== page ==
Southeast Missouri State University student publication

Southeast pilots HyFlex courses for student flexibility

Thursday, August 20, 2020
Some classrooms have been outfitted with new webcams as part of Southeast's HyFlex pilot program.
Photo by Matt Wagner

This fall, Southeast’s HyFlex pilot program will offer students new ways to engage in some classes.

Students in 93 sections of classes will have the option of attending class in person, live on Zoom, or asynchronously in a more traditional online format.

Provost Mike Godard said the program is not new to higher education and has been in use for more than a decade, originally starting in cohort-based masters degree programs.

During the last two semesters, Online Instructional Coordinator Dennis Kinkead taught two HyFlex courses at Southeast as a proof of concept.

“What we are doing here at Southeast is expanding [HyFlex] to provide maximum flexibility for our students to engage in instructional content,” Godard said.

Students have the option to switch between these learning styles at any time depending on their schedule or preference, and classrooms have been outfitted with new webcams to provide online students with better video and audio quality.

Teachers should encourage students who are attending classes live via webcam to participate and ask questions either by unmuting and speaking up or through a chat, Kinkead said.

During the HyFlex courses Kinkead taught, he structured his lectures with chat questions in mind, regularly taking time to check for questions from students who were not physically present.

The pilot program will evaluate student satisfaction ratings as well as student outcomes to determine how HyFlex courses should proceed in coming semesters.

Godard said the 93 courses were chosen by looking for instructors with prior experience in teaching blended and online courses at the same time.

“Above and beyond anything else, maintaining our academic quality and the experience of our students is paramount,” Godard said. “That's why we wanted to strategically look at what courses would be best. We looked at those that were offered face-to-face and online, and which instructors had taught them in both modes.”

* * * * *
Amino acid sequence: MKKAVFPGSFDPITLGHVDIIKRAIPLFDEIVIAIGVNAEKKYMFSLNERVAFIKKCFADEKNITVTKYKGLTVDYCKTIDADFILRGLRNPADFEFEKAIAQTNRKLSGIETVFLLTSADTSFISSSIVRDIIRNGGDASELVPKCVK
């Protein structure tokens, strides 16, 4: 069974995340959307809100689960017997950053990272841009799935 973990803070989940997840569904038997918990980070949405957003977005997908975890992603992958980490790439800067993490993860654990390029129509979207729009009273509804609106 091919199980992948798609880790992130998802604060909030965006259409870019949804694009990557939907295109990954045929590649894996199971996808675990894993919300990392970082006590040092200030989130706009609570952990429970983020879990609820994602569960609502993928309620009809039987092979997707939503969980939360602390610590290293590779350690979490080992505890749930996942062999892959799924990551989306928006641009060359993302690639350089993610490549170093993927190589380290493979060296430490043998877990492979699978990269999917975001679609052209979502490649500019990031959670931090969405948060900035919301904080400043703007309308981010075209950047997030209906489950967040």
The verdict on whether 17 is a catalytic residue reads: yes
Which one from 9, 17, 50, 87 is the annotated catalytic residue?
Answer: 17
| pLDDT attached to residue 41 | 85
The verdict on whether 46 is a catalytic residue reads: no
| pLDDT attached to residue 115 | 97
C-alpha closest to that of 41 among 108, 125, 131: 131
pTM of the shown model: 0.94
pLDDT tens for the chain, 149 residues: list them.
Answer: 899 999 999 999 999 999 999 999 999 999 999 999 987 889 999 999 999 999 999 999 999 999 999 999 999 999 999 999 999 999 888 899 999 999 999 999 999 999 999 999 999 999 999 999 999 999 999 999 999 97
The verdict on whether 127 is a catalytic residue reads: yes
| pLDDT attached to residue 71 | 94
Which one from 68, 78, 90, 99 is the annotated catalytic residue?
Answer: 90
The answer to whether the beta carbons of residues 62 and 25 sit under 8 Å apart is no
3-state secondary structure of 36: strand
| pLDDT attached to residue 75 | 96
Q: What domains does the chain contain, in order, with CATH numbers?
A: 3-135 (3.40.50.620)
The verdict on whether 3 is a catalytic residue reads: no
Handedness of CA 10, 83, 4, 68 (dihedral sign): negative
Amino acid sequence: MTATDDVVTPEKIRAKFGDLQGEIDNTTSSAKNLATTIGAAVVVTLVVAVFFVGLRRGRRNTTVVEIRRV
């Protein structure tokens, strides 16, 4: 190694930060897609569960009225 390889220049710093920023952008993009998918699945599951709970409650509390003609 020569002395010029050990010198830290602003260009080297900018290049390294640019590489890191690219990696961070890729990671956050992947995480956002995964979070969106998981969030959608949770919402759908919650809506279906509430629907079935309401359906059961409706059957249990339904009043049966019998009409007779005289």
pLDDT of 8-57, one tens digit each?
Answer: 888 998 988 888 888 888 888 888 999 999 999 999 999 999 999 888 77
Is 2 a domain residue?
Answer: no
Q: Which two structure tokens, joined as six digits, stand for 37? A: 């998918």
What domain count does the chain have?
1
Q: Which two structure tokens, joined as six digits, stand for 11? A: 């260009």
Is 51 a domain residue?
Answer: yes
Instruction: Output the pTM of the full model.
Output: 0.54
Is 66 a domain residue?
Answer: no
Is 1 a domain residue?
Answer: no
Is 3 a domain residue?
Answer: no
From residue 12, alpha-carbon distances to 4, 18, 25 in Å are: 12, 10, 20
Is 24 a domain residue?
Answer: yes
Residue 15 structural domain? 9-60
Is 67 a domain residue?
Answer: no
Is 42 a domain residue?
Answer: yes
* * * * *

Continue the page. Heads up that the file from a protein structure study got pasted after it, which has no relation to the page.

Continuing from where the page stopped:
Godard said the instructors who volunteered to be a part of the pilot went through training over the summer.

Professor of psychology Shawn Guiling will be teaching three separate sections of PY 230, Ethics and Diversity in Psychology, as HyFlex courses this fall.

Guiling said he is hoping the program will remove obstacles for students who may fall behind.

“When they miss a week or they are too fearful to come to class or they are sick and can't come to class, they have other avenues to still connect with me that are already built in,” Guiling said. “A few semesters ago, someone would stop coming, and you wonder, ‘When will they come back and how can I reach them?’ This provides a different place for them to connect.”

Guiling said the training for instructors focused on the philosophy of HyFlex, how to provide the same level of interaction across all formats and how to use screen sharing and “breakout rooms” effectively.

Guiling said there will be a learning curve for everyone in these classes, including the instructors. Even teaching students in the same room feels different behind the masks.

“Looking at just eyeballs with no other facial expressions to help guide you, that's going to take a lot of getting used to,” Guiling said. “I draw a lot from ‘How is this person feeling, are they understanding it, what's that facial expression telling me?’ Now I have nothing to go by.”

Kinkead said the best advice for students going into these classes is the same advice he gives for normal courses: read the syllabus, manage your time wisely and stay in touch with your instructor.